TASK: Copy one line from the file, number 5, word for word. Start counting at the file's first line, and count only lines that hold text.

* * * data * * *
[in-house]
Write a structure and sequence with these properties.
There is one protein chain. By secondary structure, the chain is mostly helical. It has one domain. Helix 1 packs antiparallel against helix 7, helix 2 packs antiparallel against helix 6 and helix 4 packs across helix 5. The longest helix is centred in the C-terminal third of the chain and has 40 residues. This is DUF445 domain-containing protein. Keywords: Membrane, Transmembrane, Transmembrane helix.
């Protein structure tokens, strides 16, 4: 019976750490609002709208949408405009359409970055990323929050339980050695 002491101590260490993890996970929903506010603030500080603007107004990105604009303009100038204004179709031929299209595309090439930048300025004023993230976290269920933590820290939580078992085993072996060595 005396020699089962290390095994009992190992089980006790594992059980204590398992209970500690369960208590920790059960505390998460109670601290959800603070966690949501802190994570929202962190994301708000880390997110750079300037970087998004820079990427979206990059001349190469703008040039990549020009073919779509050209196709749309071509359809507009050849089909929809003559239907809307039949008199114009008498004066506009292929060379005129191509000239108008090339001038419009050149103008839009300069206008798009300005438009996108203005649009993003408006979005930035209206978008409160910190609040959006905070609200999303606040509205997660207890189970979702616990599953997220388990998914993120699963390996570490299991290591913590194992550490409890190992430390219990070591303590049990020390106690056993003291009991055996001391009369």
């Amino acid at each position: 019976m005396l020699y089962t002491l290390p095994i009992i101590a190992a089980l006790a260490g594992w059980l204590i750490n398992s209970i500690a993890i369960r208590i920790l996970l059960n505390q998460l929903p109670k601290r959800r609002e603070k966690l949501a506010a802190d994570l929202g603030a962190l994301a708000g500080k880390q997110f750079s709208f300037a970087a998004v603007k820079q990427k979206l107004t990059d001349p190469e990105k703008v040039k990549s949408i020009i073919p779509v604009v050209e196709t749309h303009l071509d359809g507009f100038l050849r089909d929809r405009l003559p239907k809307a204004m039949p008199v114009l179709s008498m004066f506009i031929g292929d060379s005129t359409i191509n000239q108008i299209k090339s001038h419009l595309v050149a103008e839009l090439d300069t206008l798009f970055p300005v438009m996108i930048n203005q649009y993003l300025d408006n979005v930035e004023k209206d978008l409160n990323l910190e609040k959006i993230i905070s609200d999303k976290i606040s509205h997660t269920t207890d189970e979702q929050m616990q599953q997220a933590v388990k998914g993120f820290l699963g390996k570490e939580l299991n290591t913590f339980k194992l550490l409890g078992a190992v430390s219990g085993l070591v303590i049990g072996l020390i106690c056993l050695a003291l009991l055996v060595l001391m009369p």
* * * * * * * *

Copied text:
């Amino acid at each position: 019976m005396l020699y089962t002491l290390p095994i009992i101590a190992a089980l006790a260490g594992w059980l204590i750490n398992s209970i500690a993890i369960r208590i920790l996970l059960n505390q998460l929903p109670k601290r959800r609002e603070k966690l949501a506010a802190d994570l929202g603030a962190l994301a708000g500080k880390q997110f750079s709208f300037a970087a998004v603007k820079q990427k979206l107004t990059d001349p190469e990105k703008v040039k990549s949408i020009i073919p779509v604009v050209e196709t749309h303009l071509d359809g507009f100038l050849r089909d929809r405009l003559p239907k809307a204004m039949p008199v114009l179709s008498m004066f506009i031929g292929d060379s005129t359409i191509n000239q108008i299209k090339s001038h419009l595309v050149a103008e839009l090439d300069t206008l798009f970055p300005v438009m996108i930048n203005q649009y993003l300025d408006n979005v930035e004023k209206d978008l409160n990323l910190e609040k959006i993230i905070s609200d999303k976290i606040s509205h997660t269920t207890d189970e979702q929050m616990q599953q997220a933590v388990k998914g993120f820290l699963g390996k570490e939580l299991n290591t913590f339980k194992l550490l409890g078992a190992v430390s219990g085993l070591v303590i049990g072996l020390i106690c056993l050695a003291l009991l055996v060595l001391m009369p």